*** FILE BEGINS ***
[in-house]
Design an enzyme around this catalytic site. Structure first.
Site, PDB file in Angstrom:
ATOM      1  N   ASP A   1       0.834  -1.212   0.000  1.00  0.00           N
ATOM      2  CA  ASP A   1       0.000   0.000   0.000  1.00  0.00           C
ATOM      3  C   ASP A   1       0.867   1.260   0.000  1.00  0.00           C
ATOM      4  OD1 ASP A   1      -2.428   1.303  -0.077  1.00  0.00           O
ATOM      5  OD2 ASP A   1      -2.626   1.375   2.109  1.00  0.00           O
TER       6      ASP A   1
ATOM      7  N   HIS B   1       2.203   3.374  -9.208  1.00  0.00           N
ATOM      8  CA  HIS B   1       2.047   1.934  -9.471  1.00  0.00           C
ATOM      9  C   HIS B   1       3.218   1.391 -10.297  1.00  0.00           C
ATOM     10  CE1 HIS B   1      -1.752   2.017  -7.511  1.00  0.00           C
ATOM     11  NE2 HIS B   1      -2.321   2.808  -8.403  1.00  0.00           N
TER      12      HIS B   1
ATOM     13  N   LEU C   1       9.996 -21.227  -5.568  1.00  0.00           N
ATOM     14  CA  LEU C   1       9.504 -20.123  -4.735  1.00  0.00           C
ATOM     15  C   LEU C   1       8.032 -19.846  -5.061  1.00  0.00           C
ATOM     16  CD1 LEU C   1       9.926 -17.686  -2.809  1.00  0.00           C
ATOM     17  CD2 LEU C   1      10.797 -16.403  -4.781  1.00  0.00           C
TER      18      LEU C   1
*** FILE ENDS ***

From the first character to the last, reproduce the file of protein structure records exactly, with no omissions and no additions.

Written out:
[in-house]
Design an enzyme around this catalytic site. Structure first.
Site, PDB file in Angstrom:
ATOM      1  N   ASP A   1       0.834  -1.212   0.000  1.00  0.00           N
ATOM      2  CA  ASP A   1       0.000   0.000   0.000  1.00  0.00           C
ATOM      3  C   ASP A   1       0.867   1.260   0.000  1.00  0.00           C
ATOM      4  OD1 ASP A   1      -2.428   1.303  -0.077  1.00  0.00           O
ATOM      5  OD2 ASP A   1      -2.626   1.375   2.109  1.00  0.00           O
TER       6      ASP A   1
ATOM      7  N   HIS B   1       2.203   3.374  -9.208  1.00  0.00           N
ATOM      8  CA  HIS B   1       2.047   1.934  -9.471  1.00  0.00           C
ATOM      9  C   HIS B   1       3.218   1.391 -10.297  1.00  0.00           C
ATOM     10  CE1 HIS B   1      -1.752   2.017  -7.511  1.00  0.00           C
ATOM     11  NE2 HIS B   1      -2.321   2.808  -8.403  1.00  0.00           N
TER      12      HIS B   1
ATOM     13  N   LEU C   1       9.996 -21.227  -5.568  1.00  0.00           N
ATOM     14  CA  LEU C   1       9.504 -20.123  -4.735  1.00  0.00           C
ATOM     15  C   LEU C   1       8.032 -19.846  -5.061  1.00  0.00           C
ATOM     16  CD1 LEU C   1       9.926 -17.686  -2.809  1.00  0.00           C
ATOM     17  CD2 LEU C   1      10.797 -16.403  -4.781  1.00  0.00           C
TER      18      LEU C   1